Jonathan Edelstein is today marking the 350th anniversary of the Jewish arrival in America by sponsoring a blogburst
, with links to a number of thoughtful posts dealing with the future of Judaism. In putting together my own thoughts on the subject, I found it appropriate that Ha'aretz
would today have an article on the Inca Jews
, Peruvians who converted to Judaism and immigrated to a West Bank settlement.
I say this because I think it possible that the future of Judaism could involve a return to the missionary faith that it was during the first millennium of the common era. Edelstein himself has speculated on this possibility
. The key for me is Israel's existence and the need felt especially by the more conservative elements of society to keep the population growing in relation to that of the Muslims in the area. At the same time, as I noted in my Morocco travels, many people in the developing world sacrifice everything to move to industrialized nations for economic reasons, and in the case of Moroccan Jews, Israel is part of the developing world
So let's just say that, since history has seen people convert to a new religion for economic reasons, you have a potential solution to Israel's population issues, one which is especially likely to be pursued if the Arab-Israeli conflict continues unabated and the settler movement finds itself in need of more recruits. I suspect that such missionary work would be undertaken largely by the orthodox, who have in the case of the Inca Jews, also known as the B'Nai Moshe, shown a willingness to accept converts. (Article like this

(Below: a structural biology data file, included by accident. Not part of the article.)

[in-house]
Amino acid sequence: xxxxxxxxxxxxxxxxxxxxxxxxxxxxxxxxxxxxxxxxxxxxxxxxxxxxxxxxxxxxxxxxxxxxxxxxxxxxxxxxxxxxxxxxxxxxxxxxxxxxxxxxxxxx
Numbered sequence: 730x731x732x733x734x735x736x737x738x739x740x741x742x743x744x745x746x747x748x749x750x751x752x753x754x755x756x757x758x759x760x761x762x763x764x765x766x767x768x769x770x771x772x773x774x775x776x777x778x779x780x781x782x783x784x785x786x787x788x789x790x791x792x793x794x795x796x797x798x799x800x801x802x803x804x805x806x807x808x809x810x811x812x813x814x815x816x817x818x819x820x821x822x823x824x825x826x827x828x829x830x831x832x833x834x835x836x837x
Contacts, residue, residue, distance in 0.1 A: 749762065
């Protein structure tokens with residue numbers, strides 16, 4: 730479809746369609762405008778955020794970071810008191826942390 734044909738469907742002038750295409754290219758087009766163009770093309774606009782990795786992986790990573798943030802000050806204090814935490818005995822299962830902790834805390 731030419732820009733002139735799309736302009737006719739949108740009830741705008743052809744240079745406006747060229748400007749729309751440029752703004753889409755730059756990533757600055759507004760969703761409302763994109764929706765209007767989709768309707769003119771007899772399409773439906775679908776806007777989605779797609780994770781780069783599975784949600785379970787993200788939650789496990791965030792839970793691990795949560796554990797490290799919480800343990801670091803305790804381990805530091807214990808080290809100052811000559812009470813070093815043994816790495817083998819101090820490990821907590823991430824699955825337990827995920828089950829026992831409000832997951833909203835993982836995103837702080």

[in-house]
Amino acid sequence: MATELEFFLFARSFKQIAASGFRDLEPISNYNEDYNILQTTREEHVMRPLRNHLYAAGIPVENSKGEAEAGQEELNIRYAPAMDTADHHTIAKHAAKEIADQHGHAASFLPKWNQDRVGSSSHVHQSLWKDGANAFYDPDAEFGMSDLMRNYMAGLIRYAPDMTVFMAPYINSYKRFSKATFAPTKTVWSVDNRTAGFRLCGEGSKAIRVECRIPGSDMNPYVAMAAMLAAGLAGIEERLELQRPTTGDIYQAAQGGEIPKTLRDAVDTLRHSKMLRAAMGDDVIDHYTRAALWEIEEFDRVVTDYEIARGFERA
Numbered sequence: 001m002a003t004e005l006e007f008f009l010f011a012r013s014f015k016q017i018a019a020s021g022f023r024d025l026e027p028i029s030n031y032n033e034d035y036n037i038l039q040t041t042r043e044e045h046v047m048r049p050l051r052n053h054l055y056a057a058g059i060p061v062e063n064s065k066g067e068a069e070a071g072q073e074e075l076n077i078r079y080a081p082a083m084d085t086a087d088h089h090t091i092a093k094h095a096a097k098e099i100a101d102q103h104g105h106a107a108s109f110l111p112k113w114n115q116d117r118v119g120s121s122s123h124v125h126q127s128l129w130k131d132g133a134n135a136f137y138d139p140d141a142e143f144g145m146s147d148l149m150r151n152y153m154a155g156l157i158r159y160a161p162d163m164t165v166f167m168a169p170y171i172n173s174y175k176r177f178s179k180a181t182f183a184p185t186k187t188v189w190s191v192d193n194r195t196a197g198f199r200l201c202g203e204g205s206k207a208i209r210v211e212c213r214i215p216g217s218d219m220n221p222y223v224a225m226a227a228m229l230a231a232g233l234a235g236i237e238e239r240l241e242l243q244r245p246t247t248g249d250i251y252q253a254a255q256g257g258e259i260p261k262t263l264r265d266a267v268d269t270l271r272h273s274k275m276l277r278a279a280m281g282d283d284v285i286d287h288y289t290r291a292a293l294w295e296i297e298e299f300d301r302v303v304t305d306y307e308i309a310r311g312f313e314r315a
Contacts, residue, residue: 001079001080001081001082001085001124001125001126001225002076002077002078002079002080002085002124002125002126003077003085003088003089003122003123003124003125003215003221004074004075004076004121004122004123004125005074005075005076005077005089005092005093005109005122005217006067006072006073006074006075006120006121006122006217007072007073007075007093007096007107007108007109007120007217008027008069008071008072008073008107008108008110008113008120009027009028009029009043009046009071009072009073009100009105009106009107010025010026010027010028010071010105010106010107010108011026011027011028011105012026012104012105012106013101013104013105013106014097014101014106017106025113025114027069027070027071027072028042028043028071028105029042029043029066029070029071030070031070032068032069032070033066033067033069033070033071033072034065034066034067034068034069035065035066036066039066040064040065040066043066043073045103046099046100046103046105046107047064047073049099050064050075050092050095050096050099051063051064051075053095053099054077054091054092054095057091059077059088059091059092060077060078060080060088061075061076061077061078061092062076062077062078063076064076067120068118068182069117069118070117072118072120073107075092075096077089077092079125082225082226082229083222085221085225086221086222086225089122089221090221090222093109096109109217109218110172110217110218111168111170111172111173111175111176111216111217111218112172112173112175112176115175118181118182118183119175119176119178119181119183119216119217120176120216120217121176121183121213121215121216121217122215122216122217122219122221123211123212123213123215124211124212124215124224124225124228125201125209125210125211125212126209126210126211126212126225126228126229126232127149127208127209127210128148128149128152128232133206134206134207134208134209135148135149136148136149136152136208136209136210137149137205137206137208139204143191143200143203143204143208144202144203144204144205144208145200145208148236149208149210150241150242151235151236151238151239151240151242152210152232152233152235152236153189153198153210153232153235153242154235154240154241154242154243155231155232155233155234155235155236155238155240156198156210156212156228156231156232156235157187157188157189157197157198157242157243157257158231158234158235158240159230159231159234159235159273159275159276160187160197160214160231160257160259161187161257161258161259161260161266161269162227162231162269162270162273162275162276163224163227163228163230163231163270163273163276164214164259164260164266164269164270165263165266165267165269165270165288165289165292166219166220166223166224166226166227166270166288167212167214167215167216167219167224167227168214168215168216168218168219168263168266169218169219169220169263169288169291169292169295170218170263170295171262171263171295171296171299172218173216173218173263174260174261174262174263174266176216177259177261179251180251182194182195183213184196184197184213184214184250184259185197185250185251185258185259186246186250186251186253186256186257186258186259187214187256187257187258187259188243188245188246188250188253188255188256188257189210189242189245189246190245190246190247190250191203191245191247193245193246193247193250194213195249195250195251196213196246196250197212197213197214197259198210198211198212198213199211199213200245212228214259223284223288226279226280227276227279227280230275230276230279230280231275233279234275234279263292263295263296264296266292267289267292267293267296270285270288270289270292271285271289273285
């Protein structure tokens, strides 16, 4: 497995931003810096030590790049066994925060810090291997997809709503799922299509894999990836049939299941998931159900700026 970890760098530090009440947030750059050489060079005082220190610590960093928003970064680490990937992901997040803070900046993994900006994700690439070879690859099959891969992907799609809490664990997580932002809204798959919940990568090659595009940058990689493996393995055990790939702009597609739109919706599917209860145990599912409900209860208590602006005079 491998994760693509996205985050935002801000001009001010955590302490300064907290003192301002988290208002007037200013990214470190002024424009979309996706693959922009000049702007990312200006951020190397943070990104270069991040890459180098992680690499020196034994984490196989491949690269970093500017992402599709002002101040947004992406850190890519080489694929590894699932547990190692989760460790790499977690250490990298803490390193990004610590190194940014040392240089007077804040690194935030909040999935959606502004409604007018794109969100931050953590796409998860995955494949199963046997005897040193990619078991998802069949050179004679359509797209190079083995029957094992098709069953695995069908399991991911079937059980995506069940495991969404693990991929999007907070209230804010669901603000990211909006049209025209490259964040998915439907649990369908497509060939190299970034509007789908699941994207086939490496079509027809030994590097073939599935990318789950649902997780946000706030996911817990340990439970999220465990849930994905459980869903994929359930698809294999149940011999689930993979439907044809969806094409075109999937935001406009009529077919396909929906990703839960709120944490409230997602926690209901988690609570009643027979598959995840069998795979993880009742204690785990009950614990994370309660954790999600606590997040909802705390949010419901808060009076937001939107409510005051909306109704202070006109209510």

actually cause me to suspect the orthodox leaders had thought of exactly the points I am making here.
Such converts could easily tip Israel toward a more conservative path even as they face likely social discrimination and carry with them certain traditional practices from their homelands. If western Judaism tilts in a Reform direction, that could have serious implications for the identification between Israeli Jews and the Diaspora, which of course affects American policy towards Israel, as well. In addition, the migrants would probably compete with Palestinians and Israeli Arabs on the low-wage job market, making the economic situation in the Occupied Territories even worse than it already is.
How likely is this path? Historians can be terrible at predicting the future. This future, however, is in the interests of several parties with the power to make it happen. If so, it will be the greatest change to overcome Judaism in centuries.